Those that are easier to change, for example, through a training program or other
organizational interventions, are called "states." For example, consider the fact
that employees vary in terms of their motivation: how much energy and effort
they allocate. Specifically, consider the following three choices:
1. Choice to expend effort (e.g., "I will go to work today")
2. Choice of level of effort (e.g., "I will put in my best effort at work" vers us
"I will not try very hard")
3. Choice to persist in the expenditure of that level of effort (e.g., "I will give
up after a little while" versus "I will persist no matter what")
The first two are more malleable and therefore considered state motivation.
For example, we could influence an employee's choice regarding w hether she
shows up at work- and on time-using HR policies regarding absenteeism and
tardiness. We could influence the second choice by setting clear goals. But the
third is less malleable and more likely to be a stable individual trait (rather than
a state). This type of trait motivation is considered a fairly stable personality trait,
called "achievement motivation," and is a facet of conscientiousness.
What can we do to improve our own knowledge and skills and therefore improve
our performance? Let us think about those individuals who have achieved the top level
of performance in their fields. Think about Leo Messi and Cristiano Ronaldo as soccer
("football" outside of North America) players, Beyonce as a singer and songwriter,
Bill Gates as Microsoft's founder, Magnus Carlsen as a chess player, Thomas Edison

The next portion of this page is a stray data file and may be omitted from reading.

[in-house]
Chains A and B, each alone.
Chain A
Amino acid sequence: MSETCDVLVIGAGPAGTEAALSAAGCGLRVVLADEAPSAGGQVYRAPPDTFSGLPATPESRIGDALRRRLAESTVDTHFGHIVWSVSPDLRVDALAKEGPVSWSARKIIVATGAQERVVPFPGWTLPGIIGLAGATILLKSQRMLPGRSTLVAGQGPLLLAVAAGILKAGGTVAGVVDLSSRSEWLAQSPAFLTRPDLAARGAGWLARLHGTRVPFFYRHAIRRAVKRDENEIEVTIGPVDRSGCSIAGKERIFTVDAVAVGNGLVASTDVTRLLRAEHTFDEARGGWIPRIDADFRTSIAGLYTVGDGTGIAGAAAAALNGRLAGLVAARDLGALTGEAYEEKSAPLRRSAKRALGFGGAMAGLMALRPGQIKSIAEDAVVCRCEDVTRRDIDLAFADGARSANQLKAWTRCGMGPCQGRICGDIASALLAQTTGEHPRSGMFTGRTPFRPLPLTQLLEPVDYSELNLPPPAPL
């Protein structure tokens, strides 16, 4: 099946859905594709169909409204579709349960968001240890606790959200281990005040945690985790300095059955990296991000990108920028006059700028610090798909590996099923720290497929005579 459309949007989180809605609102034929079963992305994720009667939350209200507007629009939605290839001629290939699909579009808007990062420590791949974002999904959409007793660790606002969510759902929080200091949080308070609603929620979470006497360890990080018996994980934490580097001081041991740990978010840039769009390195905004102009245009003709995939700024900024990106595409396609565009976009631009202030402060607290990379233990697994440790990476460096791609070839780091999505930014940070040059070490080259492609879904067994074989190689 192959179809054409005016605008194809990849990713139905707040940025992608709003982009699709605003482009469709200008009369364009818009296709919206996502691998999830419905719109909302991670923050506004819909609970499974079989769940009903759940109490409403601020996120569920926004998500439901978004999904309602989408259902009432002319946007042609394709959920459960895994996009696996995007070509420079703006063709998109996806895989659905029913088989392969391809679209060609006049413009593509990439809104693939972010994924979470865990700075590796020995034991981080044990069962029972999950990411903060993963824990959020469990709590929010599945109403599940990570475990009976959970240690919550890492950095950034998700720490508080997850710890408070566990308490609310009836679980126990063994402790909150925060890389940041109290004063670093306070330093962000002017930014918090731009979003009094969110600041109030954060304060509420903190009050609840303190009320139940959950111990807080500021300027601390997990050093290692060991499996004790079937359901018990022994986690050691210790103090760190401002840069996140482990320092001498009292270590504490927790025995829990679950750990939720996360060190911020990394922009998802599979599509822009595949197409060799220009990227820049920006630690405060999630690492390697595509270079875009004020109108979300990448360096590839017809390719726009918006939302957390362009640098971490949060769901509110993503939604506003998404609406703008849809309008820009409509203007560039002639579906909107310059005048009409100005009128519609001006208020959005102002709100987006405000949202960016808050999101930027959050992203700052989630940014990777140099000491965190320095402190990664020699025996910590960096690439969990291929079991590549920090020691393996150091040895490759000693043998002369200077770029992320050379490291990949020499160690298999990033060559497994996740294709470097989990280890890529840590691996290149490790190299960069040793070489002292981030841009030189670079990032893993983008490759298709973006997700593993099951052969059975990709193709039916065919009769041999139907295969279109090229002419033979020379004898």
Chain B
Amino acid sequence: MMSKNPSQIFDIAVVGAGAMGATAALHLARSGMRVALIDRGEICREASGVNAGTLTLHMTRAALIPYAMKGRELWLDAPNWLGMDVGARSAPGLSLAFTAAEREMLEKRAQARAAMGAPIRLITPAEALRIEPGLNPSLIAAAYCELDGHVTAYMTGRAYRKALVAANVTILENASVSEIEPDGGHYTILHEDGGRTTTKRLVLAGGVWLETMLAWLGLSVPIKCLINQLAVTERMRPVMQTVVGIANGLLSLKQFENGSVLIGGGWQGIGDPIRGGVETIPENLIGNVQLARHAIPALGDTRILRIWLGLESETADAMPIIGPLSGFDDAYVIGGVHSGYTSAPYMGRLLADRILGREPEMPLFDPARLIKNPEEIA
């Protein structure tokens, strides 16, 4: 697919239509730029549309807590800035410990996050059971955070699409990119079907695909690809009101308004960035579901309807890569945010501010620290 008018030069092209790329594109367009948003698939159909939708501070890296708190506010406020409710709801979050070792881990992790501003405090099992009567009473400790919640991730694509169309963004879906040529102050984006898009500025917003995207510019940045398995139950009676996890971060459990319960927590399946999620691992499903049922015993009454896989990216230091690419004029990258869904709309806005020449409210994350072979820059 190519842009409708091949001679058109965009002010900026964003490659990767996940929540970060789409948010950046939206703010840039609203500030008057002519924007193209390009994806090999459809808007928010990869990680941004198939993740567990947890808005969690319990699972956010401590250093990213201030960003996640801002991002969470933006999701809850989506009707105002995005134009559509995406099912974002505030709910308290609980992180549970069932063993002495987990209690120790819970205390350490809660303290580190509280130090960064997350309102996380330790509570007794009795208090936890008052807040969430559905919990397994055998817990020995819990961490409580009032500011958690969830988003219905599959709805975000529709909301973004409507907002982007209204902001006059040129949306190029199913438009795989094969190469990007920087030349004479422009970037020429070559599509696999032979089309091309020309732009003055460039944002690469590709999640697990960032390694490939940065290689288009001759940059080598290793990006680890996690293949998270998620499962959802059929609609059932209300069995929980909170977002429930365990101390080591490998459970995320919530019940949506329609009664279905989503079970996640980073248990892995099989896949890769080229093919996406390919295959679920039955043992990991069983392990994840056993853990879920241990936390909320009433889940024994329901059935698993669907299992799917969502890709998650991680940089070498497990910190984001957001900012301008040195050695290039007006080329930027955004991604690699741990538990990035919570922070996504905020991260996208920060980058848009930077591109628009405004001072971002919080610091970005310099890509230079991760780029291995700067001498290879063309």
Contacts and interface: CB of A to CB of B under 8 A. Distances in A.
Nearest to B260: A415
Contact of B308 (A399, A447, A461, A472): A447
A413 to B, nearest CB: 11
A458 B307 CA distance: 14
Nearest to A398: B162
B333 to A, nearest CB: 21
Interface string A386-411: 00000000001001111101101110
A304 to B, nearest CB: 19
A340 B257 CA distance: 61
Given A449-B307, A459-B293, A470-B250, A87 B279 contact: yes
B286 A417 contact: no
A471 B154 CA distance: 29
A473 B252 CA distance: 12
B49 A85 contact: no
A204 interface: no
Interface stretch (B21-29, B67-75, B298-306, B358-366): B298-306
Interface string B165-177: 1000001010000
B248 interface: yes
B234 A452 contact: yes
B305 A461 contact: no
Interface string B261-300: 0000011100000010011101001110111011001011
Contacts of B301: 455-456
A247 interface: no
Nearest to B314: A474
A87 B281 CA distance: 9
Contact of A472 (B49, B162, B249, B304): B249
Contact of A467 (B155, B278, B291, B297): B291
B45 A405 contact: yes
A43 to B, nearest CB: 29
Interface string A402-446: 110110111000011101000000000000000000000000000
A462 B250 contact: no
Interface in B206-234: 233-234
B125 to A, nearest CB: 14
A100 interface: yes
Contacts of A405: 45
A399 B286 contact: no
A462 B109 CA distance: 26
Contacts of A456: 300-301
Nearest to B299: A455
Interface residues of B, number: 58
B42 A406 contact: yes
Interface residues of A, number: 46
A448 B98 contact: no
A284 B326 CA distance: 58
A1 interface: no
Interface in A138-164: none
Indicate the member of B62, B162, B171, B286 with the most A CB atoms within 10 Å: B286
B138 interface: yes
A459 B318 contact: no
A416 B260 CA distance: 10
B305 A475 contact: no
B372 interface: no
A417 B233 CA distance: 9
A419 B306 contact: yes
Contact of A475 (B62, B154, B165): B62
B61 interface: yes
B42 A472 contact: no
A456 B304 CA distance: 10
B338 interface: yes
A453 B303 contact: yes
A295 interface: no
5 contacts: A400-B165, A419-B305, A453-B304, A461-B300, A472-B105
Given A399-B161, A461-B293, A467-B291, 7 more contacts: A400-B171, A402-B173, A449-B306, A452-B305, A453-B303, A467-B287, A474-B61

as an inventor, Marie Curie as a physicist and chemist, and Socrates as a philosopher.
How did they achieve such excellence? What made these individ uals' performance
so extraordinary? How were they able to improve their performance constantly even
when others would believe they had reached a plateau and could not possibly improve
their performance? What these individuals have in common is that they devoted
a large number of hours to deliberate practice.8 Deliberate practice is different from
regular practice and from simply working many hours a week Professor K. Anders
Ericsson of Florida State University gives the following example: "Simply hitting a
Part II System Implementation
bucket of balls is not deliberate practice, which is why most golfers don't get better.
Hitting an eight-iron 300 times with a goal of leaving the ball within 20 feet of the pin
80% of the time, continually observing results and making appropriate adjustments,
and doing that for hours every day- that's deliberate practice." Top performers in
all fields engage in deliberate practice consistently, daily, including weekends. The
famous pianist Vladimir Horowitz was quoted as saying: "If I don't practice for a
day, I know it; jf I don't practice for two days, my wile knows it; jf I don't practice for
three days, the world knows it." Deliberate practice involves the following five steps:
1. Approach performance with the goal of getting better and better.
2. As you are performing, focus on what is happening and why you are
doing things the way you do.
3. Once your task is finished, seek performance feedback from expert
sources, and the more sources, the better.